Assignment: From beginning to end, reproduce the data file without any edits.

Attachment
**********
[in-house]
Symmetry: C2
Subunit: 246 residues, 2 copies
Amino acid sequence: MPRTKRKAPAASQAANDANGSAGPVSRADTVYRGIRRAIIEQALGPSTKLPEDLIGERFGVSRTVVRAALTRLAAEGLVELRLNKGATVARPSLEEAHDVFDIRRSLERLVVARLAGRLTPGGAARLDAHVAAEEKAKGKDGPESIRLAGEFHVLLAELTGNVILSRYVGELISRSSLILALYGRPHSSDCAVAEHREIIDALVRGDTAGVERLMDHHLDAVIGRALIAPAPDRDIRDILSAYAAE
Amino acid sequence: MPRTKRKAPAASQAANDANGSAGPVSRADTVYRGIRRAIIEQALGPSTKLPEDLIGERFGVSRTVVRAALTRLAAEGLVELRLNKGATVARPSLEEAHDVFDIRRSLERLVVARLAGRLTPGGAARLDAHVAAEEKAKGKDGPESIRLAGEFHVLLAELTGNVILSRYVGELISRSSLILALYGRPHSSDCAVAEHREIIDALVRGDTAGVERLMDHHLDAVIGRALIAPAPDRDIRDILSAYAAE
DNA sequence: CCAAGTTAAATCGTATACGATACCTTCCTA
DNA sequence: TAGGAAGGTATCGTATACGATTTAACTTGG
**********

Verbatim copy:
[in-house]
Symmetry: C2
Subunit: 246 residues, 2 copies
Amino acid sequence: MPRTKRKAPAASQAANDANGSAGPVSRADTVYRGIRRAIIEQALGPSTKLPEDLIGERFGVSRTVVRAALTRLAAEGLVELRLNKGATVARPSLEEAHDVFDIRRSLERLVVARLAGRLTPGGAARLDAHVAAEEKAKGKDGPESIRLAGEFHVLLAELTGNVILSRYVGELISRSSLILALYGRPHSSDCAVAEHREIIDALVRGDTAGVERLMDHHLDAVIGRALIAPAPDRDIRDILSAYAAE
Amino acid sequence: MPRTKRKAPAASQAANDANGSAGPVSRADTVYRGIRRAIIEQALGPSTKLPEDLIGERFGVSRTVVRAALTRLAAEGLVELRLNKGATVARPSLEEAHDVFDIRRSLERLVVARLAGRLTPGGAARLDAHVAAEEKAKGKDGPESIRLAGEFHVLLAELTGNVILSRYVGELISRSSLILALYGRPHSSDCAVAEHREIIDALVRGDTAGVERLMDHHLDAVIGRALIAPAPDRDIRDILSAYAAE
DNA sequence: CCAAGTTAAATCGTATACGATACCTTCCTA
DNA sequence: TAGGAAGGTATCGTATACGATTTAACTTGG